Delaware Supreme Court Affirms Dismissal Of Misappropriation Claims Against Private Equity Investor That Invested In A Competitor
On February 7, 2019, the Delaware Supreme Court issued an order affirming the dismissal of misappropriation claims by Alarm.com Holdings, Inc. against ABS Capital Partners Inc. (and its affiliates), a private equity firm that had a controlling interest in plaintiff and whose partners served on plaintiff’s board, with one as chairman. Alarm.com Holdings, Inc. v. ABS Capital Partners Inc., No. 360, 2018 (Del. Feb. 7, 2019). After its subsequent initial public offering, plaintiff alleged that defendant misappropriated its confidential information by investing in a competitor and asserted claims for violation of the Delaware Uniform Trade Secrets Act (“DUTSA”) and common law misappropriation. The Delaware Court of Chancery found that multiple agreements between defendant and plaintiff made it clear that defendant could invest in competitors and this fact was also evident in plaintiff’s charter of corporation, which included a provision under Delaware General Corporation Law (“DGCL”) Section 122(17) to exempt stockholders and certain directors from any duty not to pursue corporate opportunities that otherwise might arguably belong to plaintiff. In addition, in the complaint, plaintiff “relies only on [defendant’s] investment in [a competitor],” which was made approximately a year after defendant’s representative left the board, and does not allege specific facts demonstrating the misuse of plaintiff’s confidential information. Therefore, the Court of Chancery held that the facts “do not support a reasonably conceivable inference of misappropriation.” In a summary order, the Delaware Supreme Court affirmed on the same basis.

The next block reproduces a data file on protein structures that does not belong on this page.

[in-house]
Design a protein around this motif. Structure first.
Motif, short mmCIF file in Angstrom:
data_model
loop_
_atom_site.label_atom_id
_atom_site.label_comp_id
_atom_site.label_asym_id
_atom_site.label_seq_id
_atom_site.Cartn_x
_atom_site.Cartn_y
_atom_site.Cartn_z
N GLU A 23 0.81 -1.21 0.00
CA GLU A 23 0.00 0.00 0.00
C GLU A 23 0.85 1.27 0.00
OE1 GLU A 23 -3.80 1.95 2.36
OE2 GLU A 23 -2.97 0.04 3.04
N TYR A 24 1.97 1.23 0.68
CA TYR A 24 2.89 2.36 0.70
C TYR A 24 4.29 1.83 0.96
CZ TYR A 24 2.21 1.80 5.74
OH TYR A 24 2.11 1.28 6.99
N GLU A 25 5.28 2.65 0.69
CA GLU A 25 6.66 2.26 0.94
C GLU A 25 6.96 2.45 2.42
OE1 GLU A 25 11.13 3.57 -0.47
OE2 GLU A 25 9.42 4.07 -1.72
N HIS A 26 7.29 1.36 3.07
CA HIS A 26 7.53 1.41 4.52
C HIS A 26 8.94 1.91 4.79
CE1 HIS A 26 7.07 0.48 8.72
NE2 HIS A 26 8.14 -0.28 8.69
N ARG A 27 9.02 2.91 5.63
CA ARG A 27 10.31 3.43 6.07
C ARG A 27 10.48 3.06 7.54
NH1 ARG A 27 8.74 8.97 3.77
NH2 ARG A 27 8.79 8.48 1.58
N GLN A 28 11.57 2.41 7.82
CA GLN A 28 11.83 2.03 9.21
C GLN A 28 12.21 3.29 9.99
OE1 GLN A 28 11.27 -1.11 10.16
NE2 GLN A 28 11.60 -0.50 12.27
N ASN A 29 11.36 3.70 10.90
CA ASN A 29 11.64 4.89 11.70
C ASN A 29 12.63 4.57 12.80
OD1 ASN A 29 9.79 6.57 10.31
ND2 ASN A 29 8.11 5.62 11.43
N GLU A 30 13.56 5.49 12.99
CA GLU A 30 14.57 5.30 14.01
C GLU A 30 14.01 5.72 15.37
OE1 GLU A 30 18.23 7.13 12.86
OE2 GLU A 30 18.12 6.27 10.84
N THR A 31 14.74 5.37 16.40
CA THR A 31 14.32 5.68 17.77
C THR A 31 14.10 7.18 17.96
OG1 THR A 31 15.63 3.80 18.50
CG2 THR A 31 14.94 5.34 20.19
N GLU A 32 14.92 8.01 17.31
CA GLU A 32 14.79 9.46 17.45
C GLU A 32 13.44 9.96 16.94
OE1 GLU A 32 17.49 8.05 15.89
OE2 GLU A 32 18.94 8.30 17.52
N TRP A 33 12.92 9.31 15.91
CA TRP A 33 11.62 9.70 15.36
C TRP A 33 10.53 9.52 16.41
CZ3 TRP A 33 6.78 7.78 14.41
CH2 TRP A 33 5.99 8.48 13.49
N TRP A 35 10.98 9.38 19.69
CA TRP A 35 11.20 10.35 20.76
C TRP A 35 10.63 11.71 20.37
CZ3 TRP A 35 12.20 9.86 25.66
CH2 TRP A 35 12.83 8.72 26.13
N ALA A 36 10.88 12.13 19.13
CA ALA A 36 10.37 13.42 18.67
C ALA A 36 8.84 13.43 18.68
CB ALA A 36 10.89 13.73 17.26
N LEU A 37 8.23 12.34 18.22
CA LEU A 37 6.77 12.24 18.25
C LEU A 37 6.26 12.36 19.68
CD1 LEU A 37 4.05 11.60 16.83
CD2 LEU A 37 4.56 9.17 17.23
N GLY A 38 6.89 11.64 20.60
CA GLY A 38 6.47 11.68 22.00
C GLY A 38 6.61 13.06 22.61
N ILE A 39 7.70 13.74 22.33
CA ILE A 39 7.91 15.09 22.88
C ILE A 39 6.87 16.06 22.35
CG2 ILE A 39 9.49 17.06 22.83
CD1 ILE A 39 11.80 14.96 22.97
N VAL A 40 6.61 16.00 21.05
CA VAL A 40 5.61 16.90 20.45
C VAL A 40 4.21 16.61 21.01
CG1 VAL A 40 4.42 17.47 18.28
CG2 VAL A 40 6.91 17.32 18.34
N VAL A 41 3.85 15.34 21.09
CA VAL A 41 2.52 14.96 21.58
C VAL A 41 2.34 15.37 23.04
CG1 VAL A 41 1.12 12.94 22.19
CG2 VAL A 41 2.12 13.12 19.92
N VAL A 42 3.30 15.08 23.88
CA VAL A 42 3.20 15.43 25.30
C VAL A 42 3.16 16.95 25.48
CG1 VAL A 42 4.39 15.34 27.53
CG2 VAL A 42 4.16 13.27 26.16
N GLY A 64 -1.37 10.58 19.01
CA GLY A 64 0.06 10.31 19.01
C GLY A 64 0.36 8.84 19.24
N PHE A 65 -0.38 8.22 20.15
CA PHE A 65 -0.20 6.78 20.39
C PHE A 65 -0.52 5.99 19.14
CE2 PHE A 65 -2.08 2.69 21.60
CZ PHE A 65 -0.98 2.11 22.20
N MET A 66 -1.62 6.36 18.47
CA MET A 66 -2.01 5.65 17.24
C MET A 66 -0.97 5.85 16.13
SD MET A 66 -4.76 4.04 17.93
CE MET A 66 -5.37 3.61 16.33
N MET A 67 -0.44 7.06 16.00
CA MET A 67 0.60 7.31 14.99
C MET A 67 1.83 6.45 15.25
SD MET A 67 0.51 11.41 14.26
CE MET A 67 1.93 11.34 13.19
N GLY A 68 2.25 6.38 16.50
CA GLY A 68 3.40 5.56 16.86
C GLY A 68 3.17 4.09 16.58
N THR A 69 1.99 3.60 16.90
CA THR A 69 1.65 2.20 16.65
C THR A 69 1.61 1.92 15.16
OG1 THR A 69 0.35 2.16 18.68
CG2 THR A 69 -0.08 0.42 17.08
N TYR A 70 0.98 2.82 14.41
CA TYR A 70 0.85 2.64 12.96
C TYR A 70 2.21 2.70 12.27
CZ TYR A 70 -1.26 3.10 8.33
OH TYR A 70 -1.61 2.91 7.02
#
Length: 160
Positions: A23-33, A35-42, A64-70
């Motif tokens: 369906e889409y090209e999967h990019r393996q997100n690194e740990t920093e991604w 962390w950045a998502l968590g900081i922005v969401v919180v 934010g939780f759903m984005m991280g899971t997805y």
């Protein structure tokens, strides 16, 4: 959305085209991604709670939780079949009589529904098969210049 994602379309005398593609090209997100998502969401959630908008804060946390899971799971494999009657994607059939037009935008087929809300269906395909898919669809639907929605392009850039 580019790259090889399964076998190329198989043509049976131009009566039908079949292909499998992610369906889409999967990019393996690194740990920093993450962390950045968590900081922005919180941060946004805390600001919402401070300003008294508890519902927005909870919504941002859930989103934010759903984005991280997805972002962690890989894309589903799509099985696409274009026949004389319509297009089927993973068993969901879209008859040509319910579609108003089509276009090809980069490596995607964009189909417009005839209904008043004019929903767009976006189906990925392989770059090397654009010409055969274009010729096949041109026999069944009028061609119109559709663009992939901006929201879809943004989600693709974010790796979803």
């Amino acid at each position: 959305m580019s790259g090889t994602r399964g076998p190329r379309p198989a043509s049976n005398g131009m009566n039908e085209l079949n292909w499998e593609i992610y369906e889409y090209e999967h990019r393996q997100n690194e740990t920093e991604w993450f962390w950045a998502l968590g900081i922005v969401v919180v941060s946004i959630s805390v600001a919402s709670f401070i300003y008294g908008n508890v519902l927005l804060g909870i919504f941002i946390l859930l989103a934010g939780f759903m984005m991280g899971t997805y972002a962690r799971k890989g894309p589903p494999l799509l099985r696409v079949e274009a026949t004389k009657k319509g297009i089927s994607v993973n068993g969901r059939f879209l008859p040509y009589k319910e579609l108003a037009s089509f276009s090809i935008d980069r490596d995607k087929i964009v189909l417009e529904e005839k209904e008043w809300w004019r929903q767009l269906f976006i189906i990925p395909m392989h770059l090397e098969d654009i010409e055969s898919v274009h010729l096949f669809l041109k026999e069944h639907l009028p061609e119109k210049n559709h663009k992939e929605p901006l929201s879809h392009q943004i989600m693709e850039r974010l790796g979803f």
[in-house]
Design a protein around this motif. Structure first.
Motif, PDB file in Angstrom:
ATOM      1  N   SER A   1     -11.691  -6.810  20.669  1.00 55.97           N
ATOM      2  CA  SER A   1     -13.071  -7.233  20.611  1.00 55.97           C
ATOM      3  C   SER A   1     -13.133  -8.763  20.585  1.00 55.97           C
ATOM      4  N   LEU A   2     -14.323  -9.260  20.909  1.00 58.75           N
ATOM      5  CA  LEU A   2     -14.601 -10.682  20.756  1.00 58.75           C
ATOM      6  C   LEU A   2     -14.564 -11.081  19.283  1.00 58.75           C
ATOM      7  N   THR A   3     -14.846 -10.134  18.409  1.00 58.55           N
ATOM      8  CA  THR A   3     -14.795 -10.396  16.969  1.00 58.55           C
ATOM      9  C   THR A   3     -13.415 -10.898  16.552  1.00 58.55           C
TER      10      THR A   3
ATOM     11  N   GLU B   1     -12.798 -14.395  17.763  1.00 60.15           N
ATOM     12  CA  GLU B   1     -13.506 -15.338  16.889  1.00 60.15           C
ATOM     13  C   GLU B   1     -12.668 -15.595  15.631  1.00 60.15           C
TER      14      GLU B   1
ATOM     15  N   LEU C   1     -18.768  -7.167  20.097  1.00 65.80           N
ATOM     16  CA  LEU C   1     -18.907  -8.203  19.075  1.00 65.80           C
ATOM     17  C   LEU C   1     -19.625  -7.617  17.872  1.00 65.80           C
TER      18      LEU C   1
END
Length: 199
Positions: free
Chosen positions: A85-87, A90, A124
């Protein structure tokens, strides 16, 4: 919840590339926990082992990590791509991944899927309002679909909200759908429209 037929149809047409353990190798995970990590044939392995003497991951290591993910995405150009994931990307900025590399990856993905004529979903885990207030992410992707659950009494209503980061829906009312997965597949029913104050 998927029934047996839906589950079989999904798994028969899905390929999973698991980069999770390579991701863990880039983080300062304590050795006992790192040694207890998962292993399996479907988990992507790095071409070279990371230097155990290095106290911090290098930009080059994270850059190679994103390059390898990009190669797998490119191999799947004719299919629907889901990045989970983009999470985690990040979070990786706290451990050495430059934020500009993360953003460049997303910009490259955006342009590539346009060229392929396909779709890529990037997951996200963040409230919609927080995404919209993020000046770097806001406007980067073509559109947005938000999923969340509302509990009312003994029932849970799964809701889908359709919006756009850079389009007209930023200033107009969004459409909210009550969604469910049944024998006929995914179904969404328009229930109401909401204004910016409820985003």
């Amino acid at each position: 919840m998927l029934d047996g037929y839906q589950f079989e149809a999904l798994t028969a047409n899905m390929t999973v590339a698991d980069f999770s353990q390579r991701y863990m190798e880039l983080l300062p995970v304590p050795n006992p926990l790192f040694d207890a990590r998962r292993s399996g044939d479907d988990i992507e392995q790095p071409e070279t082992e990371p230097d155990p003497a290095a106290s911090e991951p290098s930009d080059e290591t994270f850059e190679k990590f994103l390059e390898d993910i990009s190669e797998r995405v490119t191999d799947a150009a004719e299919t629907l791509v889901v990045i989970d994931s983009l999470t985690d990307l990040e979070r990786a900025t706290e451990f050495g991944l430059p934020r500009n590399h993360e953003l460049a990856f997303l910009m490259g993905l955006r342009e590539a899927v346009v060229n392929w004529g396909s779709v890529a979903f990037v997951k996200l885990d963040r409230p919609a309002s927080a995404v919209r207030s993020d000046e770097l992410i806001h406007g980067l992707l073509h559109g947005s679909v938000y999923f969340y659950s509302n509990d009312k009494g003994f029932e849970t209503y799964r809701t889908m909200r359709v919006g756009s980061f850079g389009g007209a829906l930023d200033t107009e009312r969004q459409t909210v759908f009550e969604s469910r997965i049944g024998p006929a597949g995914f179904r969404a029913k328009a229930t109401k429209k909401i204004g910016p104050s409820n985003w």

In reaching its decision, the Court of Chancery highlighted certain expired or terminated agreements that were not directly applicable but made it clear that defendant’s investment in a competitor could not fairly be considered misappropriation. For example, the nondisclosure agreement that preceded the initial investment provided that “nothing in this letter agreement will prevent [defendant] from evaluating a possible investment in and/or collaboration with, or entering into any transaction with (including any investment in), a company whose business is similar or competitive with the business of [plaintiff].” Likewise, a subsequent stockholders agreement expressly provided that defendant could “invest in . . . any other company (whether or not competitive with [plaintiff]),” as long as it did not “disclose or otherwise make use of any proprietary or confidential information of [plaintiff] in connection with such activities.”
Moreover, plaintiff’s charter contained a DGCL Section 122(17) corporate opportunity exemption provision, which the Court found “most important for present purposes.” Specifically, the provision eliminated the duty of stockholders and certain directors to avoid engaging in competitive business activities and the duty to communicate corporate opportunities to plaintiff. The Court explained that the clear intent was to permit defendant’s investment in competitors and “the effect. . . is to waive any claim for breach of the duty of loyalty against defendant” or its representatives on plaintiff’s board “based on either usurpation of a corporate opportunity or anticompetitive activity.” Even though the claims at issue were not breach of fiduciary duty claims, the Court held that “it would be counterintuitive to permit the same corporation to pursue the lesser theories that could be asserted against a non-fiduciary” and that “[r]especting the waiver contemplated by Section 122(17) requires that courts not attempt to forge a fiduciary substitute.”